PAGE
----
We know kids drink a lot, in part, because other kids drink a lot. Beyond that, though, the details get a little hazy. Do they drink because their friends are drinking a lot? Or do they drink because they think kids their age are drinking a lot, in general? New research presented at the American Public Health Association’s Annual Meeting and Exposition in New Orleans yesterday by Jonathon Beckmeyer, a public-health researcher at Indiana University, suggests that the influence of close friends matters a lot more.
“We’ve known for a long time that friends and peers have an influence on individual alcohol use, but there are no common studies that distinguished between the broader peer group and the friend group’s influence on those decisions,” Beckmeyer said in the press release. To try to suss out that distinction, he took data from the National Institute of Child Health and Human Development’s Study of Early Child Care and Youth Development, in which 15-year-olds were asked about their drinking habits.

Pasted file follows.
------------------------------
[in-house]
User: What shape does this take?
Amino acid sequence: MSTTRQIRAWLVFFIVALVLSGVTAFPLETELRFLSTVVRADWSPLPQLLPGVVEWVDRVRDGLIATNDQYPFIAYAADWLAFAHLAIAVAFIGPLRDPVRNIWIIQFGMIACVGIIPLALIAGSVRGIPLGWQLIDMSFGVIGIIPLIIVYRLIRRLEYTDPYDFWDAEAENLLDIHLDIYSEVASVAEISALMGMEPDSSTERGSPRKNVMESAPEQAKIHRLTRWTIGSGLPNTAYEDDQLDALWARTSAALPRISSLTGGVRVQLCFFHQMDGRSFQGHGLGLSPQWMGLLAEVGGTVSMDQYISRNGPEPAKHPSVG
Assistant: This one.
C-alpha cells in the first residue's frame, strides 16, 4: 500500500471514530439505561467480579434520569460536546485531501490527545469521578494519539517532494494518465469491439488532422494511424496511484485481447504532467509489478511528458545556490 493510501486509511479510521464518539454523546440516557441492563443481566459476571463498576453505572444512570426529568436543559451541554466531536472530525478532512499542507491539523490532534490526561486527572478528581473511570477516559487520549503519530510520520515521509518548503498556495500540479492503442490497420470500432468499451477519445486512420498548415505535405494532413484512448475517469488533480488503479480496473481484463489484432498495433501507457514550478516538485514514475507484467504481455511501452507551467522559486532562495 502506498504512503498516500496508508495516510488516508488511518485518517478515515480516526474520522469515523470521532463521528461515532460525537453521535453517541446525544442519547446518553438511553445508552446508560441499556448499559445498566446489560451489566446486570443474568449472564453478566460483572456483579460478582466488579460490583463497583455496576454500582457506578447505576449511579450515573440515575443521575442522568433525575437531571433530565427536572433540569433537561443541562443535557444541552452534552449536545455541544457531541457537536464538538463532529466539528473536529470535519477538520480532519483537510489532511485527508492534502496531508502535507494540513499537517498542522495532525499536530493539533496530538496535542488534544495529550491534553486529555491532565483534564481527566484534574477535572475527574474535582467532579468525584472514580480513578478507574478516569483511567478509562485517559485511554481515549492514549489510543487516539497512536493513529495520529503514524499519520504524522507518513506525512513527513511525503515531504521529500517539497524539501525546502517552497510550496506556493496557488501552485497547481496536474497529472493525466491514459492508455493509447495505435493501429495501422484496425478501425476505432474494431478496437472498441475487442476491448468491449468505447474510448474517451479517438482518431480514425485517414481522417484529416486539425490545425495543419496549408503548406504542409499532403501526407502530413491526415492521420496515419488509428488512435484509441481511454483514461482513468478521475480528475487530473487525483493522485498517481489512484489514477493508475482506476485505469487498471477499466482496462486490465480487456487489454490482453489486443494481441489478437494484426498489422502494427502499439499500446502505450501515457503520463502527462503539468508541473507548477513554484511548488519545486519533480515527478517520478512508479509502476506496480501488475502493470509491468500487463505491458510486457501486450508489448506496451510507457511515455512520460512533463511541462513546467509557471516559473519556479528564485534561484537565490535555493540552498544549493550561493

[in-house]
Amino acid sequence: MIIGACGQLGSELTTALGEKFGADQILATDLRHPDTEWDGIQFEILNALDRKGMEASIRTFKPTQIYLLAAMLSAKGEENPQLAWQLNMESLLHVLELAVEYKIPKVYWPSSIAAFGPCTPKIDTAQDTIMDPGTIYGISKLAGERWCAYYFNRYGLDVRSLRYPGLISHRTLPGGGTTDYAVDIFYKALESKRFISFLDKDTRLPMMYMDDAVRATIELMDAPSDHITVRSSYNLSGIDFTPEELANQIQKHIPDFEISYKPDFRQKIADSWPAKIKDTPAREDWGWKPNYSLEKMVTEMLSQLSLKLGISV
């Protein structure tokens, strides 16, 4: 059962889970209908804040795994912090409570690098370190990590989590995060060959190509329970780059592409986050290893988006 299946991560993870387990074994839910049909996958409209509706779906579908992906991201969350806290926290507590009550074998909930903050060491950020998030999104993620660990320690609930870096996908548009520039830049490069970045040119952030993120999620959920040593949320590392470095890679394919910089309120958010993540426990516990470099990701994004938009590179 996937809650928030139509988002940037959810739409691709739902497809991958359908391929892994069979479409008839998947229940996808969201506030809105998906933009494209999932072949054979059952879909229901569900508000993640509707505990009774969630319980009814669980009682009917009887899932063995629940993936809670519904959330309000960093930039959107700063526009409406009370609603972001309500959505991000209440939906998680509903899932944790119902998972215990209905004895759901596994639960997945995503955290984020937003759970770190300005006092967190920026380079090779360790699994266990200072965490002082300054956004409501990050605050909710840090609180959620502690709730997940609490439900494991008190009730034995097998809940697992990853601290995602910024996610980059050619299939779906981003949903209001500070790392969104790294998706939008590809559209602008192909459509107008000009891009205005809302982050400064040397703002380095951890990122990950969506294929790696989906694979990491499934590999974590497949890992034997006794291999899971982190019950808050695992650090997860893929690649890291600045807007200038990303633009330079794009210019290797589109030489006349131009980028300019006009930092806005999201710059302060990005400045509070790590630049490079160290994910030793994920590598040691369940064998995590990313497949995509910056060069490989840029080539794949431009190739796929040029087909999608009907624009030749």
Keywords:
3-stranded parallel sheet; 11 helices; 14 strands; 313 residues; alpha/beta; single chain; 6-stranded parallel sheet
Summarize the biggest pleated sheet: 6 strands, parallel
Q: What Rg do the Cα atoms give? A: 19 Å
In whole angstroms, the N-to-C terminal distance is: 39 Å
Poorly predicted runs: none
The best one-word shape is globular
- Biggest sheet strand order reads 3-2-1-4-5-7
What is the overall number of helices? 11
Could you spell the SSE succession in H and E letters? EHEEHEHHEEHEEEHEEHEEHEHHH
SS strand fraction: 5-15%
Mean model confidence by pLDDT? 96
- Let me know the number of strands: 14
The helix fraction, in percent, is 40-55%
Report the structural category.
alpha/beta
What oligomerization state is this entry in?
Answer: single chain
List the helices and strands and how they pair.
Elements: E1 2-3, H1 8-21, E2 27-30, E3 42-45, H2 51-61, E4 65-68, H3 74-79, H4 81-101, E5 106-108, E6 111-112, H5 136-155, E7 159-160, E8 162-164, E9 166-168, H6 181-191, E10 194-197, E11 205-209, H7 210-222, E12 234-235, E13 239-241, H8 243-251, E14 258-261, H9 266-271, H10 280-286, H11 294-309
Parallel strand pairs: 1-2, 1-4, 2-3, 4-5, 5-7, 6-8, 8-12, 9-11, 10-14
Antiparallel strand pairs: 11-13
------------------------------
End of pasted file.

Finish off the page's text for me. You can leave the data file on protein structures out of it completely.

Beckmeyer found that close friends matter a lot more. “We’re spending our time changing perceptions of the broader peer group, but really what might be the more key determinant of teen alcohol use is what’s going on in their own friend group,” he said. On the one hand, this isn’t terribly surprising, but on the other researchers who do this kind of work often refer to the notion of pluralistic ignorance — that is, everyone thinking that everyone else (in a whole school, say) is drinking a lot. If the important peer effects are more localized than that, it’s an important thing to know.